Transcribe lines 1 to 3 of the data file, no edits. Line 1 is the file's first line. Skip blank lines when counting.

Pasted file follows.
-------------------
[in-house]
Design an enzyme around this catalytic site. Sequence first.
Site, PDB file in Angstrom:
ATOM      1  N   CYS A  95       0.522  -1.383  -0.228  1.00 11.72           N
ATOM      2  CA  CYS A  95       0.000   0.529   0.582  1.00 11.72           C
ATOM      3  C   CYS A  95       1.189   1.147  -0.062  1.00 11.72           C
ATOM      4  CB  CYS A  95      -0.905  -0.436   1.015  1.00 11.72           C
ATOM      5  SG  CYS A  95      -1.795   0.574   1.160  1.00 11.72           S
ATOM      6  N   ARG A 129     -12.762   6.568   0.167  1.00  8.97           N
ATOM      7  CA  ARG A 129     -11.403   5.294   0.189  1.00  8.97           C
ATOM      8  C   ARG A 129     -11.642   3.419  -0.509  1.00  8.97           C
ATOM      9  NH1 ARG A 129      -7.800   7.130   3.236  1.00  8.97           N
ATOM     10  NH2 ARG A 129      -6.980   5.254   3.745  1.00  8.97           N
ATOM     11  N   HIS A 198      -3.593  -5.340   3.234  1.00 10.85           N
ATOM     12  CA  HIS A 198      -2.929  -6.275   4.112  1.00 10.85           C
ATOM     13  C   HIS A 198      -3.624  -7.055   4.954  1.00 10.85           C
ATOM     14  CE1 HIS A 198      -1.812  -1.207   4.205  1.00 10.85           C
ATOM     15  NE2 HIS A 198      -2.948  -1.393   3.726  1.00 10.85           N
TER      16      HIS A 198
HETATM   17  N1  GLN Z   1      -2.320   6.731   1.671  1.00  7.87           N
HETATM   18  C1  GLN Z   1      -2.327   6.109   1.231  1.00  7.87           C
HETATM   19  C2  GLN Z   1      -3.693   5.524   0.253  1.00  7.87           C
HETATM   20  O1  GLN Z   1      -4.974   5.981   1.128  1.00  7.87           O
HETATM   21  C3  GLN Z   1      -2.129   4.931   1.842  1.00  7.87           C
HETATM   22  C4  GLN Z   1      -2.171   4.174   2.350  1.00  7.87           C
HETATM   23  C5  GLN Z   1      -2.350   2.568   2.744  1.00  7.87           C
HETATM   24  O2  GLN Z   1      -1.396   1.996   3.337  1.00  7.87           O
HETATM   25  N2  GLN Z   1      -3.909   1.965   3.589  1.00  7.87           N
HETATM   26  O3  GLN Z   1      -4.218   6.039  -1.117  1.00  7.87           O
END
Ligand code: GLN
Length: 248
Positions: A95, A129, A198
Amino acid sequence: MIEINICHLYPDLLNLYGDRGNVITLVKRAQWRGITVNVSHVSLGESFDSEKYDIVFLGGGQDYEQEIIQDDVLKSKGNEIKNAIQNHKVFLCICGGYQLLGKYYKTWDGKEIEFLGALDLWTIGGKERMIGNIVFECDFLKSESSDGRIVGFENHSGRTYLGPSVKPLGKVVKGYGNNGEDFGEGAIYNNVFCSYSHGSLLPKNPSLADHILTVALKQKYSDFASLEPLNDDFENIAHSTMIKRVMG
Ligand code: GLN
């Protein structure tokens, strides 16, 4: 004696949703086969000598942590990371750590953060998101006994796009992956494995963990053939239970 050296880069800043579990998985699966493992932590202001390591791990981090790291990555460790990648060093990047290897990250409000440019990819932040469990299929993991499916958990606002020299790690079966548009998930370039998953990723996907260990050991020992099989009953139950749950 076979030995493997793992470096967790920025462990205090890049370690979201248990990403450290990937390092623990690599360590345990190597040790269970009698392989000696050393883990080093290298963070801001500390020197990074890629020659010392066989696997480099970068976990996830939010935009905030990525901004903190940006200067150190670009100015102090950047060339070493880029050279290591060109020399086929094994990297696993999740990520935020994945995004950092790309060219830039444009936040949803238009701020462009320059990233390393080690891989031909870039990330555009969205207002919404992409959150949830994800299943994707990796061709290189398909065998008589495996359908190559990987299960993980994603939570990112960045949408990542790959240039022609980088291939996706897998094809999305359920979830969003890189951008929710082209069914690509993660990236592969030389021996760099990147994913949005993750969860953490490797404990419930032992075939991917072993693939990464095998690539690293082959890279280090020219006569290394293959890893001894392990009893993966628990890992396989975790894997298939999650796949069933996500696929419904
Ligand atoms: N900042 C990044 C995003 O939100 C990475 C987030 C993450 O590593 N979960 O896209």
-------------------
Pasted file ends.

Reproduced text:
[in-house]
Design an enzyme around this catalytic site. Sequence first.
Site, PDB file in Angstrom: